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The Tech's recent article ["Men's crew has bad outing," May 5] spoke poorly of the men's crews, the heavyweights in particular. There were several points made that deserve a response.

To begin with, it indeed has been a frustrating season for the first varsity boat, now 0-7. But the article neglects to mention that the junior varsity beat both Columbia and Coast Guard, and the third varsity beat Columbia and tied Harvard lightweights.

The article continues to describe the team as light and young. The weight average cited in the article is deceptive because it is the aggregate of the first, second, and third varsity boats. The third varsity is lighter than the JV, which itself is lighter than the varsity. Furthermore, we do not have a particularly young crew. There are eight seniors, ten juniors, and nine sophomores on the team, including the coxswains. The three sophomores in the first varsity by no means slow the boat down. Instead it speaks very highly of their strength, endurance, and technique.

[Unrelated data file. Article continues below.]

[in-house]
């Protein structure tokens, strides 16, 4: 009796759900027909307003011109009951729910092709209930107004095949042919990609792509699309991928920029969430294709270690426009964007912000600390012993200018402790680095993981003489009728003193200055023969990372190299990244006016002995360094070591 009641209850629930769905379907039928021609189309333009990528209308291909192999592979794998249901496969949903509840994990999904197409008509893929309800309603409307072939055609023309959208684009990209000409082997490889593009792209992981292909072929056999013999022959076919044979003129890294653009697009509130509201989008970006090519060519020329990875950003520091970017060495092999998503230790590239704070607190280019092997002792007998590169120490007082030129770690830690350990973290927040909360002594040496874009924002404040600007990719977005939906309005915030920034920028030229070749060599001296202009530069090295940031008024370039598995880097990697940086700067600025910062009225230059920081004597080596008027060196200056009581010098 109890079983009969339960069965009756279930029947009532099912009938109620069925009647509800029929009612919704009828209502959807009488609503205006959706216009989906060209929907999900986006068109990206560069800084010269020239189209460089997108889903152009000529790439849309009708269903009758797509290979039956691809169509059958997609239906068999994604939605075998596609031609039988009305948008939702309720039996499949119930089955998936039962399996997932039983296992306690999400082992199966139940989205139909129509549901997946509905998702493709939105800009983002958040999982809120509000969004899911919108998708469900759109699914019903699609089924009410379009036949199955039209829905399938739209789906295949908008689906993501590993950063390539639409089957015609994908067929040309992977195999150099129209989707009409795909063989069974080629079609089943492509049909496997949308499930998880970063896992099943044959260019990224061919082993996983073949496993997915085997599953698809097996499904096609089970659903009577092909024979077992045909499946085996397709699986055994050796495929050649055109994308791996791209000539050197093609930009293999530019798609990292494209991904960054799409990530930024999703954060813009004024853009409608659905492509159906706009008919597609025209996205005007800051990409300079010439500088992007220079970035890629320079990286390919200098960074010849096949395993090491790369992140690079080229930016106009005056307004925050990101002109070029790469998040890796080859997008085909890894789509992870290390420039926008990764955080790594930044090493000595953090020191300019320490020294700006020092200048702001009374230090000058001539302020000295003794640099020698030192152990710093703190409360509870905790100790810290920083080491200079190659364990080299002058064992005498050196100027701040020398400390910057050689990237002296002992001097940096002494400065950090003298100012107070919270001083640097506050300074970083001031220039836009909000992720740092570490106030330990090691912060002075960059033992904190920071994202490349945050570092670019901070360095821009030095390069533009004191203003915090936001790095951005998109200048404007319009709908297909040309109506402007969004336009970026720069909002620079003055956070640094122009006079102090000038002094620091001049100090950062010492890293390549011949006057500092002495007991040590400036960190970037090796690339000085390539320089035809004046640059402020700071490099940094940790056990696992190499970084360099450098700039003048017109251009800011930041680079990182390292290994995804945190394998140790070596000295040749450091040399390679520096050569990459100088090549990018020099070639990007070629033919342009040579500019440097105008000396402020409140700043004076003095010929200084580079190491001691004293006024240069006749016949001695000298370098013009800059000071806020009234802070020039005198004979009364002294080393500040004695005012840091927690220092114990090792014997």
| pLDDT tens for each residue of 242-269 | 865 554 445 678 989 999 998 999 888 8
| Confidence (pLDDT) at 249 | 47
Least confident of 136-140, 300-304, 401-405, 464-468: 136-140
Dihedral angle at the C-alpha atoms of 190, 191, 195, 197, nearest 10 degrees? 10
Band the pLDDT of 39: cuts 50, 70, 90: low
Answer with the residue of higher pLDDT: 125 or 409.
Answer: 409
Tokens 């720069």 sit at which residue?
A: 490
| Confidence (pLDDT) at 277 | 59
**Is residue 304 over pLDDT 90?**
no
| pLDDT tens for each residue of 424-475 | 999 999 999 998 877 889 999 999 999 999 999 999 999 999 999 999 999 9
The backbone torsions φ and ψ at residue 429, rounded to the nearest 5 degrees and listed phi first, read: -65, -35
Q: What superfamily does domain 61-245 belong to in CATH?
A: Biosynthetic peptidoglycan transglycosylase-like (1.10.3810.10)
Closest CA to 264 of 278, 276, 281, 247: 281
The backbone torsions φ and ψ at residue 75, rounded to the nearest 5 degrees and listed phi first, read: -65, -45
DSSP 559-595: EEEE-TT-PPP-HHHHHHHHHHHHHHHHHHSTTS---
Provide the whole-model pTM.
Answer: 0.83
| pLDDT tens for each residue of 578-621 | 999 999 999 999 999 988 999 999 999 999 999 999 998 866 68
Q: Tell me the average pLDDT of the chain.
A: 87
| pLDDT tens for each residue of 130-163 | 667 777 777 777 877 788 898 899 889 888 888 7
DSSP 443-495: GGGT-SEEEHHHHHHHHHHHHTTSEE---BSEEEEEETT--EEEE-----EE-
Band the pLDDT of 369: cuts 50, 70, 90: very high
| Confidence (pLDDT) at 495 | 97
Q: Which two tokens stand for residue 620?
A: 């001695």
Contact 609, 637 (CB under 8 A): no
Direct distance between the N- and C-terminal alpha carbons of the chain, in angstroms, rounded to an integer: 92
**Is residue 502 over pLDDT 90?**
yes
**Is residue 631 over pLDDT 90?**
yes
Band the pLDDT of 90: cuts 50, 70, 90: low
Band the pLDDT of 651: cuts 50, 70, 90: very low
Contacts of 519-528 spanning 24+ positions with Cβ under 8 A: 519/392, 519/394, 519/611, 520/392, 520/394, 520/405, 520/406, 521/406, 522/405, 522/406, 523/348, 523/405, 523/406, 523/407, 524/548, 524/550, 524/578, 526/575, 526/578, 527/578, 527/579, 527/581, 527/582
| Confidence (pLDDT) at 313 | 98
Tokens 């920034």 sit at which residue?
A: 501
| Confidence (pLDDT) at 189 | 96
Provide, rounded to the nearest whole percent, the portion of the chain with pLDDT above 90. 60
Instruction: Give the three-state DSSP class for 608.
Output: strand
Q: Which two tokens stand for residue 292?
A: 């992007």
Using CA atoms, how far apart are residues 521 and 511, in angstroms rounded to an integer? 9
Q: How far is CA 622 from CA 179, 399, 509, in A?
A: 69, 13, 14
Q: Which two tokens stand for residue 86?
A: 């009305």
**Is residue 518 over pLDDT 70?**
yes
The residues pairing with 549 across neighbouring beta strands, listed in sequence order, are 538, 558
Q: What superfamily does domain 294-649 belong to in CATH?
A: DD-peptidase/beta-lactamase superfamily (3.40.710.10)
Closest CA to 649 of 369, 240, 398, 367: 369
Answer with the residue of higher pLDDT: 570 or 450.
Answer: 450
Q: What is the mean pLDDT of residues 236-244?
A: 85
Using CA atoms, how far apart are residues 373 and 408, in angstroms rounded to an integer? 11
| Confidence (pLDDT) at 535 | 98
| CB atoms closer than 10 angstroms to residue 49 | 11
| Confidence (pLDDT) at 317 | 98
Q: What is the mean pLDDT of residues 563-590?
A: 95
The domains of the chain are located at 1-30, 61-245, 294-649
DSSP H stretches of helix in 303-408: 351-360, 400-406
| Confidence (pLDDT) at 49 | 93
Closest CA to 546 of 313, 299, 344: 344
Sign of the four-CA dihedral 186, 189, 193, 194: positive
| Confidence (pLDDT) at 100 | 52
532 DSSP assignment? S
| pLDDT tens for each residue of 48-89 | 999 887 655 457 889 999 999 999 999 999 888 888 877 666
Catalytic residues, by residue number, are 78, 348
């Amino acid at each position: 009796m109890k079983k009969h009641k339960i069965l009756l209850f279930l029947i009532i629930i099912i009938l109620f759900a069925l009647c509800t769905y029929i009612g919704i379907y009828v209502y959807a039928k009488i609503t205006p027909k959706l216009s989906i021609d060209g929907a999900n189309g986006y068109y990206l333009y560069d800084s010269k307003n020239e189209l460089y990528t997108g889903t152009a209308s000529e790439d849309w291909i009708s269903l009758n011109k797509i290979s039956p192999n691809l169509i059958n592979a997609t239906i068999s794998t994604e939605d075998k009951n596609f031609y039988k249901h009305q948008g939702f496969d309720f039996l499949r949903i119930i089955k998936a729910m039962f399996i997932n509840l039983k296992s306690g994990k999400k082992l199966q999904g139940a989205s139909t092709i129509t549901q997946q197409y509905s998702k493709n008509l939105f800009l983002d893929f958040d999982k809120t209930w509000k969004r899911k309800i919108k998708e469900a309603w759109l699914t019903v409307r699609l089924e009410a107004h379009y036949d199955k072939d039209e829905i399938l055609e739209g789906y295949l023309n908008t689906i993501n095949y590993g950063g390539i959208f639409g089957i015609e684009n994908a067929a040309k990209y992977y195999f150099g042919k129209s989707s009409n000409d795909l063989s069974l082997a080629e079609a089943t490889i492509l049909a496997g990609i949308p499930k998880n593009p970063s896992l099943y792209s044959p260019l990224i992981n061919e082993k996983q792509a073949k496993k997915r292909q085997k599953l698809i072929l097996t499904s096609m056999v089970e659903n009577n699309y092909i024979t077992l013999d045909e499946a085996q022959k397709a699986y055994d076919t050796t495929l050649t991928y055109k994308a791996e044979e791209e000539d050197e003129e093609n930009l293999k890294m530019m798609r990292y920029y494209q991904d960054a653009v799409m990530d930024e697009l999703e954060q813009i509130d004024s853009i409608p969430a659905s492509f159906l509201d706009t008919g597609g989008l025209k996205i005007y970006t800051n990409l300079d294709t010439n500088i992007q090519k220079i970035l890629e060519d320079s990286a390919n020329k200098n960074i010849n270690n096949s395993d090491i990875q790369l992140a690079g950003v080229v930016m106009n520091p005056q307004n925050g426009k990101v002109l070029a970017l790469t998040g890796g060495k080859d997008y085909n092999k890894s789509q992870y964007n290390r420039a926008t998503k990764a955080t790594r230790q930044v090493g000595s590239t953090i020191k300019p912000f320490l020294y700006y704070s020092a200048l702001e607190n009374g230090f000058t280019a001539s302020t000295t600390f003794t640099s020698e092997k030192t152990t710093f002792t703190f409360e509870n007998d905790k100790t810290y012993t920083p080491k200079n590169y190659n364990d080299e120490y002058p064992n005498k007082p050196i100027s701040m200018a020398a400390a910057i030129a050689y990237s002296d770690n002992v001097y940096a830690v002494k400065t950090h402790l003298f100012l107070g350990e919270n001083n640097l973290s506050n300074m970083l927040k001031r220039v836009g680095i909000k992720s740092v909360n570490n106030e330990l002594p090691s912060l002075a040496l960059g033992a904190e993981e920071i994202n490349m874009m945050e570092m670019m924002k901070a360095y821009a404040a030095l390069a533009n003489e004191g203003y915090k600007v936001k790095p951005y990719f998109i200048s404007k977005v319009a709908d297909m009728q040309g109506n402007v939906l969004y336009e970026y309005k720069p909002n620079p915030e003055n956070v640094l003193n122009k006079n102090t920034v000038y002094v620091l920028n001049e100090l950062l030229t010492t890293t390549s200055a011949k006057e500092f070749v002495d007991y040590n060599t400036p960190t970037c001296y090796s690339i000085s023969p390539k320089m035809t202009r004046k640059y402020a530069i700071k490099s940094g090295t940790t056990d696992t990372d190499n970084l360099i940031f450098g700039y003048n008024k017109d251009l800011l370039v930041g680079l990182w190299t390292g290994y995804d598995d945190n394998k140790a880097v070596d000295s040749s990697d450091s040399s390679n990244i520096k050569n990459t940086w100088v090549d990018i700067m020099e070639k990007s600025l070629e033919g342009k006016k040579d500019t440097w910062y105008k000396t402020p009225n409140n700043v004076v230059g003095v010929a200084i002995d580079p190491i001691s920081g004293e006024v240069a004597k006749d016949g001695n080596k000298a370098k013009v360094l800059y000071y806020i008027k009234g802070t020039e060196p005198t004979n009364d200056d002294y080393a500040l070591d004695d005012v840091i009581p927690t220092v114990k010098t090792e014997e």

Syracuse is a fast crew and somewhat faster than MIT. But MIT did not go out expecting to beat them. The team fought for margins. Our first varsity and first freshman crews were closer than they have been in recent years. Although MIT did not win, the team was pleased to gauge such improvement against Syracuse.

MIT competes as a Division I school and consequently has the opportunity to race the fastest collegiate crews in the nation. The crew makes no excuses for the program. The team was disappointed that the article in last Friday's Tech implied that we do. MIT crew has a first-rate program with as much training, dedication, and water time as any school in the country. By any measure, such as 2500 meter ergometer score, one-hour ergometer score, technique, shear strength, and endurance, this year's first varsity crew is faster than any in recent years.

Jay Damask '90->

Heavyweight crew->